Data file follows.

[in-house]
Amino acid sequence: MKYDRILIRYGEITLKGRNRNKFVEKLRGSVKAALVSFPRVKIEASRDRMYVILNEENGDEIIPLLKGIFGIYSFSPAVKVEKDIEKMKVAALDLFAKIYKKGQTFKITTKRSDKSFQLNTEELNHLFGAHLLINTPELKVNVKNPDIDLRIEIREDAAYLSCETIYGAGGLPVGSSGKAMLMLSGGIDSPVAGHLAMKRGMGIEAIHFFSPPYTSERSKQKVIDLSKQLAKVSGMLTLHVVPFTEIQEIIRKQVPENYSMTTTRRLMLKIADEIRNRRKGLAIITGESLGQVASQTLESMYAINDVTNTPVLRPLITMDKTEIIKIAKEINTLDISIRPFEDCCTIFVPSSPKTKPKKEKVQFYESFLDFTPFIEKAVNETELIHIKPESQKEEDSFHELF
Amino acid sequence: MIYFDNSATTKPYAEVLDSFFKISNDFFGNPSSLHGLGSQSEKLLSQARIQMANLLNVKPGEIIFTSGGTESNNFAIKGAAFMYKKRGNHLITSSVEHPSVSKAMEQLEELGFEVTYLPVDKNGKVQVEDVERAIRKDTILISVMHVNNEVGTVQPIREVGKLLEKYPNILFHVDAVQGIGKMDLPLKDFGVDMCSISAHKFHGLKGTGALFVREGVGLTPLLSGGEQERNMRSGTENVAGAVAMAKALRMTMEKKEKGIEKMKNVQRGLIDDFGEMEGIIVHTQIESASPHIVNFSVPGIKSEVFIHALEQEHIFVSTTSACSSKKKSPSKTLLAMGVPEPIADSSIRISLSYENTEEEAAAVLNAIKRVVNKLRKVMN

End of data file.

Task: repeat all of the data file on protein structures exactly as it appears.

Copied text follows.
[in-house]
Amino acid sequence: MKYDRILIRYGEITLKGRNRNKFVEKLRGSVKAALVSFPRVKIEASRDRMYVILNEENGDEIIPLLKGIFGIYSFSPAVKVEKDIEKMKVAALDLFAKIYKKGQTFKITTKRSDKSFQLNTEELNHLFGAHLLINTPELKVNVKNPDIDLRIEIREDAAYLSCETIYGAGGLPVGSSGKAMLMLSGGIDSPVAGHLAMKRGMGIEAIHFFSPPYTSERSKQKVIDLSKQLAKVSGMLTLHVVPFTEIQEIIRKQVPENYSMTTTRRLMLKIADEIRNRRKGLAIITGESLGQVASQTLESMYAINDVTNTPVLRPLITMDKTEIIKIAKEINTLDISIRPFEDCCTIFVPSSPKTKPKKEKVQFYESFLDFTPFIEKAVNETELIHIKPESQKEEDSFHELF
Amino acid sequence: MIYFDNSATTKPYAEVLDSFFKISNDFFGNPSSLHGLGSQSEKLLSQARIQMANLLNVKPGEIIFTSGGTESNNFAIKGAAFMYKKRGNHLITSSVEHPSVSKAMEQLEELGFEVTYLPVDKNGKVQVEDVERAIRKDTILISVMHVNNEVGTVQPIREVGKLLEKYPNILFHVDAVQGIGKMDLPLKDFGVDMCSISAHKFHGLKGTGALFVREGVGLTPLLSGGEQERNMRSGTENVAGAVAMAKALRMTMEKKEKGIEKMKNVQRGLIDDFGEMEGIIVHTQIESASPHIVNFSVPGIKSEVFIHALEQEHIFVSTTSACSSKKKSPSKTLLAMGVPEPIADSSIRISLSYENTEEEAAAVLNAIKRVVNKLRKVMN